Croatia Leads Greece, Spain, Turkey in First-Half Tourism Growth
Croatia attracted tourists in the first six months of the year at a faster rate than Greece, Spain, Turkey and Malta because its political system is seen as more stable to visitors, Tourism Minister Veljko Ostojic said.
Tourism arrivals in Croatia grew 5.2 percent from the said period a year ago, according to the minister. That compares with 2.9 percent in Spain, and declines of 4.6 percent in Greece, 2.3 percent in Turkey and 2 percent in Malta, Ostojic told reporters in Zagreb today. He cited United Nations World Tourist Organization’s World Tourism Barometer and data from Turkey, Malta and Spain.
“We can’t avoid the fact that certain events in our rival countries had a positive influence on Croatian tourism this year,” Ostojic said. “This year our strategy was also to play it safe and concentrate on markets more resilient to economic crisis, such as Germany and Austria.”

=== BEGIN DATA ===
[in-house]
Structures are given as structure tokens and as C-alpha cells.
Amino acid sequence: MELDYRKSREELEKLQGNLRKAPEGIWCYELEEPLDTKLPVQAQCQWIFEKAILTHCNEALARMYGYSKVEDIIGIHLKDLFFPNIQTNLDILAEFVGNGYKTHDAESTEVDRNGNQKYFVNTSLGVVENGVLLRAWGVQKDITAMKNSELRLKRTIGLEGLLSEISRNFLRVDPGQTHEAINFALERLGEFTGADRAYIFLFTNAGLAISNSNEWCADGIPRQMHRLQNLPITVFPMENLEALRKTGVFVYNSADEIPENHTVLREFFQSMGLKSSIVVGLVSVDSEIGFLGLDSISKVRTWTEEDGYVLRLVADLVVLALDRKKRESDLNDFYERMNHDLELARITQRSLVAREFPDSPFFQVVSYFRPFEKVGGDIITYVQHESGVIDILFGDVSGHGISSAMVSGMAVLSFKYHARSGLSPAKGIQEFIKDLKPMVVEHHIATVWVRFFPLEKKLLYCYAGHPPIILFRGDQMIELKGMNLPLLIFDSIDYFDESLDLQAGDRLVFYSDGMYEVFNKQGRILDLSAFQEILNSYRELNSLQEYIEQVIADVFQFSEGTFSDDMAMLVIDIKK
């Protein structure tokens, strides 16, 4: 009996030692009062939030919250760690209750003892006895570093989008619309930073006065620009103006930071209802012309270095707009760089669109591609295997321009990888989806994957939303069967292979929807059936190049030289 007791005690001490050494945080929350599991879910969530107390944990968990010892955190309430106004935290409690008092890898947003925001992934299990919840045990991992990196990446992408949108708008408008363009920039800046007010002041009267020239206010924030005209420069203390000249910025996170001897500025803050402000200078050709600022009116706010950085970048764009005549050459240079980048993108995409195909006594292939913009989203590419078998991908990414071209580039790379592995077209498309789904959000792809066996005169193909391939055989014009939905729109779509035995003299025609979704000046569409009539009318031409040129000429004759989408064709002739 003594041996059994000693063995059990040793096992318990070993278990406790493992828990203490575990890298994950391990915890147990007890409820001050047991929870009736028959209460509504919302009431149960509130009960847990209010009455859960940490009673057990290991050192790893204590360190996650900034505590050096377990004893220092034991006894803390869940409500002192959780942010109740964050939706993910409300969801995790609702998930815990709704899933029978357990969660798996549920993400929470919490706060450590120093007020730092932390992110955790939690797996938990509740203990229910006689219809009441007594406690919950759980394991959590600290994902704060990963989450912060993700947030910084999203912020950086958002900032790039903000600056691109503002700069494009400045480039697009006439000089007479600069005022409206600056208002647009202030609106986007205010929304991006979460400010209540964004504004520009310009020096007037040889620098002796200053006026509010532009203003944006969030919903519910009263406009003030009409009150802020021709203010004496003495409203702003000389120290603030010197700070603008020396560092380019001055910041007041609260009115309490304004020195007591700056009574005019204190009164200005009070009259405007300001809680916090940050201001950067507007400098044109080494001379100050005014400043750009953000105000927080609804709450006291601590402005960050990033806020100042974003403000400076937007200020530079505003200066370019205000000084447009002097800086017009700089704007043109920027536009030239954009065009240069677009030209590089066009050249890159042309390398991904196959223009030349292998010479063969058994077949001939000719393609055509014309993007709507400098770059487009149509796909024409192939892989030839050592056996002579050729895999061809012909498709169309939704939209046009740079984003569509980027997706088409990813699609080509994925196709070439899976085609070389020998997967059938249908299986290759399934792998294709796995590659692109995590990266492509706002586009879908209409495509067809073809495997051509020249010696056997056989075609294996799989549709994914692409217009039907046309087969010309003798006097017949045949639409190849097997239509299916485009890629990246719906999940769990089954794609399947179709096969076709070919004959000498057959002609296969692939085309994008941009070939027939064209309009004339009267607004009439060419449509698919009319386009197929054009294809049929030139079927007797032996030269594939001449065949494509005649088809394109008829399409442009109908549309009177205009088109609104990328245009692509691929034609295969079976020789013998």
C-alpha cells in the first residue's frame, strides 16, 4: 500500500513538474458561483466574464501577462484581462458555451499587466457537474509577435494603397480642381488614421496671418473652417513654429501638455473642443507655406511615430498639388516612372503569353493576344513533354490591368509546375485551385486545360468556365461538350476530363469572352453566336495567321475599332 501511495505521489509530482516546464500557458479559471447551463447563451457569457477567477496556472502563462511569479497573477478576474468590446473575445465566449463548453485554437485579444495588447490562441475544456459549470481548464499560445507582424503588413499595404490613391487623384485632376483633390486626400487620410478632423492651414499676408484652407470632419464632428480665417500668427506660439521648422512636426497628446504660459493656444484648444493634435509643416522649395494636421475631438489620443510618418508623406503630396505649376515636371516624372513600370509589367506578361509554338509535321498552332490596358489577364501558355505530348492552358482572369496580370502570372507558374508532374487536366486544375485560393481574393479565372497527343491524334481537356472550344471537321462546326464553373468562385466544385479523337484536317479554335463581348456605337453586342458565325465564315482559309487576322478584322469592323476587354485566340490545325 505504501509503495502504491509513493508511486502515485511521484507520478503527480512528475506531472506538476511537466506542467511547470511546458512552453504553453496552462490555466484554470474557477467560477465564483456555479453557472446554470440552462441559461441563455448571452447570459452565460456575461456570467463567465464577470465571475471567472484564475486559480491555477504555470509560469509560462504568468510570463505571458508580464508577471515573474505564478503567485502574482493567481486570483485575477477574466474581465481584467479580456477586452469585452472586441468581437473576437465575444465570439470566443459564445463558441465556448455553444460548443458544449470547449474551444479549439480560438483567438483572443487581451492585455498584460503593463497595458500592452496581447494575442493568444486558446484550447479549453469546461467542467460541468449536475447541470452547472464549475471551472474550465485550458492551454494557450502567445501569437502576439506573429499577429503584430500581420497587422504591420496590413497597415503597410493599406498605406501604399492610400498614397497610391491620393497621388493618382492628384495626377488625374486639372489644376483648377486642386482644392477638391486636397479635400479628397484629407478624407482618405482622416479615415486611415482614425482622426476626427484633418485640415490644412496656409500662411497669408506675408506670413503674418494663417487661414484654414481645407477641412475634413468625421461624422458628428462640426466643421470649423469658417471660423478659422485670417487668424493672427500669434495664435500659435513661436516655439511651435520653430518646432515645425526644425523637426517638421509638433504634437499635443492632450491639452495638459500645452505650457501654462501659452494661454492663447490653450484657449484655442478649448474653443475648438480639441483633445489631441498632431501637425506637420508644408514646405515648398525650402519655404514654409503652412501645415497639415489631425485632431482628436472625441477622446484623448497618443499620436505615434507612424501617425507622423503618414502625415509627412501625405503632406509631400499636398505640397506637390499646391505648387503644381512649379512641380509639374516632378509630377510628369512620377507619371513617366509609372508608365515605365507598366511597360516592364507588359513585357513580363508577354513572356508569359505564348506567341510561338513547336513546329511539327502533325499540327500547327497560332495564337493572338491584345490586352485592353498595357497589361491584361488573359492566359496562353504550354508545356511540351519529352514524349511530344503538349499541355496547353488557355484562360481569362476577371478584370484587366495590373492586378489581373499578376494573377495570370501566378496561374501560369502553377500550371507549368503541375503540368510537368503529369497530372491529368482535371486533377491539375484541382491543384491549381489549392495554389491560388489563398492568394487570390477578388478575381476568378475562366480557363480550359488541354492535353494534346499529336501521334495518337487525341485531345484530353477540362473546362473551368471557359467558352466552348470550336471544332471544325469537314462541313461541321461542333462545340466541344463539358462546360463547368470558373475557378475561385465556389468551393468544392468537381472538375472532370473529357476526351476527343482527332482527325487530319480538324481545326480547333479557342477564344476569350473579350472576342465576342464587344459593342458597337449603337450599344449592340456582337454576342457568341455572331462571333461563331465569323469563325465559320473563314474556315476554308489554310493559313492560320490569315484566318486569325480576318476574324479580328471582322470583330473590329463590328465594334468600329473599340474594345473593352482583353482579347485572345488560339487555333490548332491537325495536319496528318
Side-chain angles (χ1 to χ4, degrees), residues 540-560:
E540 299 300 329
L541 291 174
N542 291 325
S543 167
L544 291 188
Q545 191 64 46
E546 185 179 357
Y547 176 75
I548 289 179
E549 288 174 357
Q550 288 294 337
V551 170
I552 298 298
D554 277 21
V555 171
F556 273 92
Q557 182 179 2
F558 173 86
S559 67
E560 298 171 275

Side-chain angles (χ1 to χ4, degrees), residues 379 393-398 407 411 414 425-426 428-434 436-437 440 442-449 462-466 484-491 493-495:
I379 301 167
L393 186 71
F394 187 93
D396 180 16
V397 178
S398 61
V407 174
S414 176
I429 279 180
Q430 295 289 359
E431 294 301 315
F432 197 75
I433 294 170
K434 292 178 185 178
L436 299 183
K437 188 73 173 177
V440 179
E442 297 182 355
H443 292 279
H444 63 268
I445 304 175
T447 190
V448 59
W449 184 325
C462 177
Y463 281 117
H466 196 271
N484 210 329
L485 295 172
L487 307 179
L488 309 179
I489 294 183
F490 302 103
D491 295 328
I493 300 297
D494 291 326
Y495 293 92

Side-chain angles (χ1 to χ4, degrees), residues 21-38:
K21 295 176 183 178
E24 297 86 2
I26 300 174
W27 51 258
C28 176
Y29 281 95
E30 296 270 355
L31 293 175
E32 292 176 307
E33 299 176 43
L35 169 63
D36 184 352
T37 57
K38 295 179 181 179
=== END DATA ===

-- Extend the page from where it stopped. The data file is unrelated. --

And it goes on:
Tourism accounts for one-fifth of the Adriatic Sea nation’s economy. Croatia, which is set to become the 28th member of the European Union in July next year, needs to revive the economy and investment in tourism and the energy industry after three years of recession or stagnation.
About 3.5 million tourists arrived in Croatia in the first six months, while preliminary figures for July show a 1.6 percent increase on the year to 3 million arrivals, according to a ministry report. Tourism in Croatia peaks in July and August.
“It also helped that Croatia is a destination reachable by car, which is convenient to European visitors, and that so far we’ve had great weather,” Ostojic said.
Revenue from tourism could reach 7 billion euros ($8.7 billion) this year, topping a 6.05 billion euros in 2011, Ostojic said.
Finance Minister Slavko Linic on Aug. 2 reduced the country’s 2012 growth forecast to stagnation because of Europe’s crisis. The World Bank predicts the Croatian economy will shrink 1 percent in 2012, while the central bank on July 9 revised its forecast to a 1.6 percent contraction from a 1 percent decline forecast in May.
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